British furious at Sarkozy's plan for air strikes
French president Nicolas Sarkozy will call for "targeted air strikes" today on Colonel Muammar Gaddafi's key military command headquarters.
His appeal comes as splits emerge within the European Union and Nato over preparations for military intervention in Libya.
British Prime Minister David Cameron will tell a summit of European leaders in Brussels that "Gaddafi must go now" and it is time for the EU to strip him of diplomatic status as a head of state.
But Mr Cameron and the French president will clash over France's attempt to seize international leadership by detailing surgical strikes on Col Gaddafi's military assets.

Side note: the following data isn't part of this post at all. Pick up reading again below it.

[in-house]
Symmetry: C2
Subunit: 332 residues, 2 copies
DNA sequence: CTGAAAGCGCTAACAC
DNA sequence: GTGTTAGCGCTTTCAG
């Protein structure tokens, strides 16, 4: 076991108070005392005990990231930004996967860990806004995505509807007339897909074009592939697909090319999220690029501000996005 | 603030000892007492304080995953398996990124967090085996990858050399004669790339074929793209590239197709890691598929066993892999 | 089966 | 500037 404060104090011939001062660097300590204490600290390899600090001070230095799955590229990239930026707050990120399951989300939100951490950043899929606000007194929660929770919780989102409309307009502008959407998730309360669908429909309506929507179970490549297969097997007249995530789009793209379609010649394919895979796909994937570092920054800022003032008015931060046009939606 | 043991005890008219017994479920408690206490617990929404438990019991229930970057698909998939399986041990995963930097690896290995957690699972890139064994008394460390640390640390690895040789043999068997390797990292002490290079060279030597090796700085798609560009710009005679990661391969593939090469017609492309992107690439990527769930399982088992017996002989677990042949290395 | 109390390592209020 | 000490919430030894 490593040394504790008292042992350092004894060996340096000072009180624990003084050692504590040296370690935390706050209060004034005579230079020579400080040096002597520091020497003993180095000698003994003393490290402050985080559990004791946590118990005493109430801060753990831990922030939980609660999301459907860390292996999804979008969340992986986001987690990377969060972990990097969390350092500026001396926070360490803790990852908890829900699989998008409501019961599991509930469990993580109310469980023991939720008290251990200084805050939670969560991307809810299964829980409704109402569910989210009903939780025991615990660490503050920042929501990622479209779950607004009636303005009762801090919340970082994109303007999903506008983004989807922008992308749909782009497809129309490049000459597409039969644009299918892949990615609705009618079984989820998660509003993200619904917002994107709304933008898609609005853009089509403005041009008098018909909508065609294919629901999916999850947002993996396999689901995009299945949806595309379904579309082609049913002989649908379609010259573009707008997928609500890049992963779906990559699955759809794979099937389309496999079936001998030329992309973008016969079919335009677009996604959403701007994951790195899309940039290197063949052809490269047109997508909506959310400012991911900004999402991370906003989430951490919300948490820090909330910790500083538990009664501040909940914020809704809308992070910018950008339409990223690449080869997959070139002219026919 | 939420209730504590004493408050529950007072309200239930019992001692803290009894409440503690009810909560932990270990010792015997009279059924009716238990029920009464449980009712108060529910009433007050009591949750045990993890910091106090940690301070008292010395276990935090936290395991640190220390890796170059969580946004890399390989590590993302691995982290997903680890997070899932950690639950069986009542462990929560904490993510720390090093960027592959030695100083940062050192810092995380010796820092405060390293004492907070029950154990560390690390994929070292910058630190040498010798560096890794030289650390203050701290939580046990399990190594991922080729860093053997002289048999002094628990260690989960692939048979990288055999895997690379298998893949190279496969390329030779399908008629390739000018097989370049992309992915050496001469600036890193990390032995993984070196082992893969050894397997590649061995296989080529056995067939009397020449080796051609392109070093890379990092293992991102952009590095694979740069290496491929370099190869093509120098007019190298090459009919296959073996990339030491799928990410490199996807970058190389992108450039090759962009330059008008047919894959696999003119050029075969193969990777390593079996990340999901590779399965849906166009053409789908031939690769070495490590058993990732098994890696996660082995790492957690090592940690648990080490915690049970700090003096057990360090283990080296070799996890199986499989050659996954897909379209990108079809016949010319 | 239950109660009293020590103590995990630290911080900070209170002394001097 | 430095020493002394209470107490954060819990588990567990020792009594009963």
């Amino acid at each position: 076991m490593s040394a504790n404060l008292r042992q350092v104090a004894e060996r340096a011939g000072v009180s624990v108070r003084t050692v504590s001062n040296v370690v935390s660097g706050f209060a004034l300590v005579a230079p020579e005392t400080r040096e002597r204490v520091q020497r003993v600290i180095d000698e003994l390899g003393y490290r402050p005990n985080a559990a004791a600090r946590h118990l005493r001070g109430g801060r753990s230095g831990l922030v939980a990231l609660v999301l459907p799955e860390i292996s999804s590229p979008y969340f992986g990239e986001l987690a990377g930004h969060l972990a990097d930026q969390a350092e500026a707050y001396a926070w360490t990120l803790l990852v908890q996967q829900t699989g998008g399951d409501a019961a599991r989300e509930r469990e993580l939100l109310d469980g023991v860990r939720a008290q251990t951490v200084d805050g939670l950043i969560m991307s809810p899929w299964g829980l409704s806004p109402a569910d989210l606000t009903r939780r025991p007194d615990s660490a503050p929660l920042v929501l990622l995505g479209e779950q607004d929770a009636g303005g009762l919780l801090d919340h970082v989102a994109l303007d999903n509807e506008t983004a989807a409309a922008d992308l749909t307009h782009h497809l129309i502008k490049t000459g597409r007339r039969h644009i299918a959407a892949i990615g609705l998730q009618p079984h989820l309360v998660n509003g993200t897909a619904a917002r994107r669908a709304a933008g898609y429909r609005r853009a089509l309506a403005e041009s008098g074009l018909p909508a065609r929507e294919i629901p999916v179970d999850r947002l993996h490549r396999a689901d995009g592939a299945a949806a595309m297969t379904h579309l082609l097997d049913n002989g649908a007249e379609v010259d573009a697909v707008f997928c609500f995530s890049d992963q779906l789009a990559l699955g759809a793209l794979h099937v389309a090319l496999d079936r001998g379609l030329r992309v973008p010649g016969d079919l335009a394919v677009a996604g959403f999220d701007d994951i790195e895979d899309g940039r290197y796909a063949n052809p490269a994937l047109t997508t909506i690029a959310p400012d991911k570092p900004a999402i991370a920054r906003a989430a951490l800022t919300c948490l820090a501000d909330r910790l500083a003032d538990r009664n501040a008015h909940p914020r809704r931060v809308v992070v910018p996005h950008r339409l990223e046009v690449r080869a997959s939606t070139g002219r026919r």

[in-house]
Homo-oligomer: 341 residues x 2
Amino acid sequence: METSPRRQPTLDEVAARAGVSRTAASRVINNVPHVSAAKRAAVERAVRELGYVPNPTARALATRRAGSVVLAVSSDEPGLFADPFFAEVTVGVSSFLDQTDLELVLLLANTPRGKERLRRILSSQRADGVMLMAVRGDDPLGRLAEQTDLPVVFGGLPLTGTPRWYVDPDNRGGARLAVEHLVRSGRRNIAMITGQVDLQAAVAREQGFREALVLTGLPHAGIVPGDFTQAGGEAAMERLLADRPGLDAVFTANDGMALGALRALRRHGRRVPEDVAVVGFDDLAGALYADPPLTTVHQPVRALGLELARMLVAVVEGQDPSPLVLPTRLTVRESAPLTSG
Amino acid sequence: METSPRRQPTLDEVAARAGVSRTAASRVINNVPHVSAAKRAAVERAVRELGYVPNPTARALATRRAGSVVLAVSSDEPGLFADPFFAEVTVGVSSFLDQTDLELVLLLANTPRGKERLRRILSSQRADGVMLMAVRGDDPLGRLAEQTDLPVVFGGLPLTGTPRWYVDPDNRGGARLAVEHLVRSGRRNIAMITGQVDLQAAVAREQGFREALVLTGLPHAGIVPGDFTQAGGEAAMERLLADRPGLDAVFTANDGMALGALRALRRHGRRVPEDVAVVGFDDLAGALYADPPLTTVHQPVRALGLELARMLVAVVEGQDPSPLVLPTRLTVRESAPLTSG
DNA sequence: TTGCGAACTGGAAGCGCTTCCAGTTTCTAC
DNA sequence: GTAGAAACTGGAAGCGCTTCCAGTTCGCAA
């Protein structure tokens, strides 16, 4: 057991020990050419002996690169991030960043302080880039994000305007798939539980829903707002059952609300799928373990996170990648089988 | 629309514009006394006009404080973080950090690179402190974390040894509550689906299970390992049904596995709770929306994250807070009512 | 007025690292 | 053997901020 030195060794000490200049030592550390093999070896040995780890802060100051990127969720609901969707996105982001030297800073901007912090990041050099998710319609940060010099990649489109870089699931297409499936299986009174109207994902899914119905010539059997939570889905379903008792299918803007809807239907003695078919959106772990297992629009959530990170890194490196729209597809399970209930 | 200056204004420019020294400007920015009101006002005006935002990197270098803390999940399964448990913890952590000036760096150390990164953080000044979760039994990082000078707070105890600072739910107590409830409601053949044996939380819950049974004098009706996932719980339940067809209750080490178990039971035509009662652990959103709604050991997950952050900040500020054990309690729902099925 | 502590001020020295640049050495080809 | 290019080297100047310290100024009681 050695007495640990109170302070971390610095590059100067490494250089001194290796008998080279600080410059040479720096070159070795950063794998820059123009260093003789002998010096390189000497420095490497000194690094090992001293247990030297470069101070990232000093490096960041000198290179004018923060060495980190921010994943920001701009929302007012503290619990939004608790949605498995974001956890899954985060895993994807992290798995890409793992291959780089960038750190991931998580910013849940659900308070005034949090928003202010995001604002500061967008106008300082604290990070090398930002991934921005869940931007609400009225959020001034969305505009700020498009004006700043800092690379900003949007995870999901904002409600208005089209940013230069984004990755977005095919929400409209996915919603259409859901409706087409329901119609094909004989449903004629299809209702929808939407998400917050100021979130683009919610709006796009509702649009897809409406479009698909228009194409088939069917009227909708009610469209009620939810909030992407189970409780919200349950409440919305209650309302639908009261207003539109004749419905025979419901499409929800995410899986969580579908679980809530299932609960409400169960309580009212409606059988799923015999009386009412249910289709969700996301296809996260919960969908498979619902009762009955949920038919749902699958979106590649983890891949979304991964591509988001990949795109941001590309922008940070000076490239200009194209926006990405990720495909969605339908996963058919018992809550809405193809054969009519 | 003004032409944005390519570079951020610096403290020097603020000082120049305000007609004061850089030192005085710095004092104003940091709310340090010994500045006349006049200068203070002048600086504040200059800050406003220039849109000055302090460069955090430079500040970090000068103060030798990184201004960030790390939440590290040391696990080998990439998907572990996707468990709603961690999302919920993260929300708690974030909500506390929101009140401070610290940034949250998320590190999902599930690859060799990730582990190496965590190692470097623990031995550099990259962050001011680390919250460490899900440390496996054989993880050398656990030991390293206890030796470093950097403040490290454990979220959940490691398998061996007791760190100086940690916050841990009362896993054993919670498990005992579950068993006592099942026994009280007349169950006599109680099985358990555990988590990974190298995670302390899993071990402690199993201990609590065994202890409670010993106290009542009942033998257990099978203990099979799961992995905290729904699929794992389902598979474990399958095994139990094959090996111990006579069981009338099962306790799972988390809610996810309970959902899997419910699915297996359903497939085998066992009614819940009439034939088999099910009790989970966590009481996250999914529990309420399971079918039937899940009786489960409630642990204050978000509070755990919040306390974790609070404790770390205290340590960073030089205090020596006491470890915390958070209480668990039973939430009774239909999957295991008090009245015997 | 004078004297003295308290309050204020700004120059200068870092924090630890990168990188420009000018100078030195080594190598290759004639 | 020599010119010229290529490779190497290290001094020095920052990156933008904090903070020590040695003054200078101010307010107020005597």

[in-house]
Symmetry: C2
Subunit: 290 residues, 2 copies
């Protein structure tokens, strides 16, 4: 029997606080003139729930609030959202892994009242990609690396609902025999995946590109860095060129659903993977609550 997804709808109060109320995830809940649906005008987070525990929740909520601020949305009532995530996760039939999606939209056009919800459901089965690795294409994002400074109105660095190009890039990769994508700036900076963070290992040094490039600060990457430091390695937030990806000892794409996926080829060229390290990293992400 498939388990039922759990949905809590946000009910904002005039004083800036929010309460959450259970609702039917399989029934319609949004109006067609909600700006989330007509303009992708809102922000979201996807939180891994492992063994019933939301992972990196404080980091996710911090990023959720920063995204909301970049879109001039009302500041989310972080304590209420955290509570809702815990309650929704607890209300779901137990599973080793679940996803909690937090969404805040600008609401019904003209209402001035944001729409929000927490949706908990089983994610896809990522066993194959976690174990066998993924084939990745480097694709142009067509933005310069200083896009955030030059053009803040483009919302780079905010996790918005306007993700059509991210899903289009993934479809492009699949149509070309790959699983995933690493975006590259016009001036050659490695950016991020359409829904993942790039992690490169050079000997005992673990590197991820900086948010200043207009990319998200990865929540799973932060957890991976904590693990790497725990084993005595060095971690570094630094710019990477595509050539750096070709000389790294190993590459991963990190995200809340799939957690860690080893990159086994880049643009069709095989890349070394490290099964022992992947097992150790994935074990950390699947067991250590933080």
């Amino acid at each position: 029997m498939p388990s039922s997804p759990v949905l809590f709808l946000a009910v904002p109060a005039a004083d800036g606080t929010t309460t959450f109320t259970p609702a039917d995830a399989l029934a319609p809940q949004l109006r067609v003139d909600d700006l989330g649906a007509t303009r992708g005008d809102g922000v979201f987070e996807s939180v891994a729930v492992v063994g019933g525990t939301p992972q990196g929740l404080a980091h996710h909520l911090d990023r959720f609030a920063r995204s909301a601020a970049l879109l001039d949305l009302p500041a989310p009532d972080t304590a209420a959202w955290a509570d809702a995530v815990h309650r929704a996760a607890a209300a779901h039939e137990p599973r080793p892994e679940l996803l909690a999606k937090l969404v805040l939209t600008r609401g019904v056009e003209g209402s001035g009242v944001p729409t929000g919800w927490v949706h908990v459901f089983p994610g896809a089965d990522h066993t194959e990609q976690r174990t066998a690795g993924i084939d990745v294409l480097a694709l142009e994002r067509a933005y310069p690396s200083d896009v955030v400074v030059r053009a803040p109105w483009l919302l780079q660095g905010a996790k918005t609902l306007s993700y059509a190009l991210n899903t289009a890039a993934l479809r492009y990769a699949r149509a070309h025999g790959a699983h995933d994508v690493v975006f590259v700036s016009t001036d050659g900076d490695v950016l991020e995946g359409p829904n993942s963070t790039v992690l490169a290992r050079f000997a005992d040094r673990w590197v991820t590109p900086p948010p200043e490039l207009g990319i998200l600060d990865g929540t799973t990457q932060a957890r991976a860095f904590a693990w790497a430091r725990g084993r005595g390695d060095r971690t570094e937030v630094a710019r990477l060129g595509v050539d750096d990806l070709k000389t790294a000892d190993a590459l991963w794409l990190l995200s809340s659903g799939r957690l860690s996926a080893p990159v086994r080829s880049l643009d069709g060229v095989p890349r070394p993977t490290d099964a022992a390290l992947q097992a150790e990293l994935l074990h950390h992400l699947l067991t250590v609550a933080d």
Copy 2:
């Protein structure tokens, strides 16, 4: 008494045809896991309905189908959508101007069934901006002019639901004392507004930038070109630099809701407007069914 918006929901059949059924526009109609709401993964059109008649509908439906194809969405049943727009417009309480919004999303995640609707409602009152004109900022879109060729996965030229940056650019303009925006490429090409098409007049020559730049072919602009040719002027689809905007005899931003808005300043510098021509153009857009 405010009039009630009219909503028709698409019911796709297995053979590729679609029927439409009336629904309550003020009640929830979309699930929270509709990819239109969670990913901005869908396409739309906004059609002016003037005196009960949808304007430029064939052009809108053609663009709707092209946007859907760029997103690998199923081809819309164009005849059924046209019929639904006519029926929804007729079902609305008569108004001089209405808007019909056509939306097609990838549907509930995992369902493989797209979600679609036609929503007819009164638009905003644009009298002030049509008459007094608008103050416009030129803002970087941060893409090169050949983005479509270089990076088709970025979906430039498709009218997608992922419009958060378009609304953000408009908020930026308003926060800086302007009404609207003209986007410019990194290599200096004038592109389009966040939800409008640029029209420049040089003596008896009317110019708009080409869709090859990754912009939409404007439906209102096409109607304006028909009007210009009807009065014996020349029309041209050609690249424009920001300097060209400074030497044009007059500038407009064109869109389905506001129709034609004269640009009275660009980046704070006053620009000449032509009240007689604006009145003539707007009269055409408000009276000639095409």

EU foreign ministers and Nato defence ministers meeting in Brussels yesterday discussed imposing a no-fly zone over Libya. But British and French calls for action were opposed by Germany.
As Col Gaddafi's forces stepped up rocket attacks on rebels, the EU agreed new sanctions that would "cut off the tap" of oil revenues, worth €582m over the past three weeks.
The EU added five financial institutions, including the €46bn Libyan Investment Authority, Libya's central bank and national oil company, to its sanctions list, which includes Col Gaddafi, his family and senior officials.
British officials said the government was sceptical of any suggestion about air strikes. British ministers believe the suggestion is a theatrical gesture by Mr Sarkozy which has little support across Europe.
Guido Westerwelle, the German foreign minister, led EU and Nato opposition to a no-fly zone. © Daily Telegraph, London